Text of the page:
Traps, Tricks & Mistakes: Trap Illusion

In this series, we have seen traps in different openings. When studying openings, it’s a good practice to be aware of traps hidden in their variations. As I mentioned in some posts, it’s possible to find similar patterns in variations from completely different openings. In other cases, altering the right order of moves drives the player to fall into an unexpected pitfall.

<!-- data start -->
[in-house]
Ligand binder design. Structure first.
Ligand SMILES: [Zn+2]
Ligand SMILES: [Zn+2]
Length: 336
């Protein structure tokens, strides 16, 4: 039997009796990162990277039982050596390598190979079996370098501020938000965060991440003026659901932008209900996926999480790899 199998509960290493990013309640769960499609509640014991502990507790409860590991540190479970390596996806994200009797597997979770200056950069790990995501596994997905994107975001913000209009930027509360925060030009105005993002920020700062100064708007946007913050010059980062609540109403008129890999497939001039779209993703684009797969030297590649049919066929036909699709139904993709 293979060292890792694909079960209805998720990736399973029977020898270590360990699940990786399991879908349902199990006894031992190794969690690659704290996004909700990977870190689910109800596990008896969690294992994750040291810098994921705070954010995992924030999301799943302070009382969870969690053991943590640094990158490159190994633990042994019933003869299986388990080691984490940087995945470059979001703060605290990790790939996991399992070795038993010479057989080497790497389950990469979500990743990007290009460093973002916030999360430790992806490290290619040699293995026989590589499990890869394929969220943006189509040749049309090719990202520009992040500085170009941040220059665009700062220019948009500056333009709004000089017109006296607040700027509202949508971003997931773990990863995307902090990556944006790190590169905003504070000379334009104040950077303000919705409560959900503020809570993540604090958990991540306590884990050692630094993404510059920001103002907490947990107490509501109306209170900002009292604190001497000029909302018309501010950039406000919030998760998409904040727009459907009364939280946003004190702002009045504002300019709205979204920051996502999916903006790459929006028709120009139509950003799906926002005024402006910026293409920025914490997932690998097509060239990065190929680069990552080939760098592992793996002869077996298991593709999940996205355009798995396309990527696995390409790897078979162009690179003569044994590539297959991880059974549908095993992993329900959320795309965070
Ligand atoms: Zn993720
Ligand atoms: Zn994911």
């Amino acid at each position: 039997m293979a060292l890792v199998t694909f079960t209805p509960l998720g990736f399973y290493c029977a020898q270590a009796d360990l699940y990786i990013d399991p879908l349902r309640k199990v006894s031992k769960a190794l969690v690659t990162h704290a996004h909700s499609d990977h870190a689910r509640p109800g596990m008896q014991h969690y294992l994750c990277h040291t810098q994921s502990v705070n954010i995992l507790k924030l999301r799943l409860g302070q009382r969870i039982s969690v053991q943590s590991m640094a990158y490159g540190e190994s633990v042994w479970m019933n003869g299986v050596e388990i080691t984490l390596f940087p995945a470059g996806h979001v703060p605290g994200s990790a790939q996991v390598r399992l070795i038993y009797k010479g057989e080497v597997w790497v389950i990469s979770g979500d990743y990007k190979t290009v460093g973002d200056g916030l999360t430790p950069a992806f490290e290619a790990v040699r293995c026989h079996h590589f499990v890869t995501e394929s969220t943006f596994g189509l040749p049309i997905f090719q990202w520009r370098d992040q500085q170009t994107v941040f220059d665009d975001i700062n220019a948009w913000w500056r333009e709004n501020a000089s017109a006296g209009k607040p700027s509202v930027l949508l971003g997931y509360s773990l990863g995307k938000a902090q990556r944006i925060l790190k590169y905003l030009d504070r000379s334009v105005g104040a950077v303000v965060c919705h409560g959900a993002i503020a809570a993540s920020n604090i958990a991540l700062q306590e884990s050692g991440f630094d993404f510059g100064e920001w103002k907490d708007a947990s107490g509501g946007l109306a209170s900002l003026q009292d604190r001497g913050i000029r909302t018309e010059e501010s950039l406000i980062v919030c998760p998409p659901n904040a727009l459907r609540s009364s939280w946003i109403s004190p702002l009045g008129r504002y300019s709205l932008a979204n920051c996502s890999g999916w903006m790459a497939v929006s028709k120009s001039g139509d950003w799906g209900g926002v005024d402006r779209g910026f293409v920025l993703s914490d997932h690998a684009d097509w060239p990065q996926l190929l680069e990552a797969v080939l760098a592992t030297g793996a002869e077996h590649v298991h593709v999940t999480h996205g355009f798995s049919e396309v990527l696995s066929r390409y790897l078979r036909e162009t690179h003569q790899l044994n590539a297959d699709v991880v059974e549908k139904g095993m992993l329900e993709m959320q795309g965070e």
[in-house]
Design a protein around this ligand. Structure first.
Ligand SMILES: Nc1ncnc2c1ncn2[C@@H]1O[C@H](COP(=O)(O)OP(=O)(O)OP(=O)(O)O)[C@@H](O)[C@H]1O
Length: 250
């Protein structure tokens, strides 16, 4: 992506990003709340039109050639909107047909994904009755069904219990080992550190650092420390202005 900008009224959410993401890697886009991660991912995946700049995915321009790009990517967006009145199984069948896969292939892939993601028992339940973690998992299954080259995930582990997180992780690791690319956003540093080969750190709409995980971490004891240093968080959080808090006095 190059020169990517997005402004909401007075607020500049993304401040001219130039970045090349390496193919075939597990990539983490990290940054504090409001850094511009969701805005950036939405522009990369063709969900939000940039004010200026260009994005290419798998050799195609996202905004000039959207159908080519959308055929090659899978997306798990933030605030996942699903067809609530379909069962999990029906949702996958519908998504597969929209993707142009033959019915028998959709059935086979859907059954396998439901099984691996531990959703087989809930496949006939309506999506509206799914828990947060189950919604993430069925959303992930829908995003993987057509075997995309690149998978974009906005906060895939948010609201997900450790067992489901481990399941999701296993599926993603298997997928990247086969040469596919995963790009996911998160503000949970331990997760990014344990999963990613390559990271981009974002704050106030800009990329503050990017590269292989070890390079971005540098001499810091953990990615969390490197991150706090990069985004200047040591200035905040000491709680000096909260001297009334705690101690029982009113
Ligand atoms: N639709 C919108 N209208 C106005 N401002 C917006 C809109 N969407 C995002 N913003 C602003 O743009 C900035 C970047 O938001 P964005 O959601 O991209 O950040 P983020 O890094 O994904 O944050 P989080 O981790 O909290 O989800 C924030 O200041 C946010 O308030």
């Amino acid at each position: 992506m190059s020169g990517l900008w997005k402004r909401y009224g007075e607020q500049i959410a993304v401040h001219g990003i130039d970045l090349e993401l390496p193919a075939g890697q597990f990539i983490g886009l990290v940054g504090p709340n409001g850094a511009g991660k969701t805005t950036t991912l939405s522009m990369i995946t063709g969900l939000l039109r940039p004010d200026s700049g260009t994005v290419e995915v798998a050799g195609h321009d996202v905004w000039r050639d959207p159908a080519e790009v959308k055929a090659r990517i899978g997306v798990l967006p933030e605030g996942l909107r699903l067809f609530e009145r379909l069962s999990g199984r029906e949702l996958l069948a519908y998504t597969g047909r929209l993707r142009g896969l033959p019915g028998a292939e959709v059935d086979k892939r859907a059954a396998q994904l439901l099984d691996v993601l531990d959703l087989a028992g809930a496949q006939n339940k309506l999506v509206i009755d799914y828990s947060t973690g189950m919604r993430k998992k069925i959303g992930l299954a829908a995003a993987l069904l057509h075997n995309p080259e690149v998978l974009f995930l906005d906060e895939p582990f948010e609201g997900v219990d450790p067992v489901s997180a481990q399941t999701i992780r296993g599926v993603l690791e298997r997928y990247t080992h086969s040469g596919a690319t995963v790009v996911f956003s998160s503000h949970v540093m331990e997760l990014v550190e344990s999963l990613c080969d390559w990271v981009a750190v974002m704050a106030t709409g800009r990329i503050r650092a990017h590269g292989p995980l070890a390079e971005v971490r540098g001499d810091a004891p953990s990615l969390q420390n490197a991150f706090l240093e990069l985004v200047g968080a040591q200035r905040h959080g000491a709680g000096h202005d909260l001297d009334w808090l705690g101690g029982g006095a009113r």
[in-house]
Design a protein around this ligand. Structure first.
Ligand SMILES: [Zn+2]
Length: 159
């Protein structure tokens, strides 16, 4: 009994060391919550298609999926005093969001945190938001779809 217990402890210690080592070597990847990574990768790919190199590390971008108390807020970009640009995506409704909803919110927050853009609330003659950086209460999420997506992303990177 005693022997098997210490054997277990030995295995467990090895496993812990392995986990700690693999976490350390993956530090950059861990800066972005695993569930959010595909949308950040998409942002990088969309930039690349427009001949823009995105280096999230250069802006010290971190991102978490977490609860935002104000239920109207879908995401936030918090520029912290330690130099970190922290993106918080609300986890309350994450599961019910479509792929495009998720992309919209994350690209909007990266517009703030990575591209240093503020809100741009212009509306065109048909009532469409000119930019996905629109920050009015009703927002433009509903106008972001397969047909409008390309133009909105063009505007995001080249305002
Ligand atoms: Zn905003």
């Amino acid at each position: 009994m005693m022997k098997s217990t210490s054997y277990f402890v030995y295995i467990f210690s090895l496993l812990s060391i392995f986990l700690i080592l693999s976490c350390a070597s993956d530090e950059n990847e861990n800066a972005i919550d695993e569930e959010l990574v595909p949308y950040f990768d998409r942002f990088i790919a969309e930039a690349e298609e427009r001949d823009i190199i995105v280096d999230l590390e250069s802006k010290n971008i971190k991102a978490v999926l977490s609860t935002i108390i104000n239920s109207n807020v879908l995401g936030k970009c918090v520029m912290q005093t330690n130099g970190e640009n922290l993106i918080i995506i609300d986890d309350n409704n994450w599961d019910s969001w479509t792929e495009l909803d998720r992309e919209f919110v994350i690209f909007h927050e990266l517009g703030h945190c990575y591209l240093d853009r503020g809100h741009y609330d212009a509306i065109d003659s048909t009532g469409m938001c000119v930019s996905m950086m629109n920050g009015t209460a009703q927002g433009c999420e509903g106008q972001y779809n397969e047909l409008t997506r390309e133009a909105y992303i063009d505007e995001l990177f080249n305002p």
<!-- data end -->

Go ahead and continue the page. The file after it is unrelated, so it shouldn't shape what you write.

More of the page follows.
Another origin of problems is when even identifying a trap motif, the player is unable to properly assess the consequences and takes the wrong decision.

In a previous post, I showed how a GM fell victim into a trap playing the Scandinavian Defense. In today’s post, the same motif seems to be suitable after apparently the same mover order. Nevertheless, a small but significant difference makes the trap inappropriate.

It’s important to pay attention to small details. Trying to play moves mechanically is a bad practice because like in today’s example, the position of other pieces modifies the final result.

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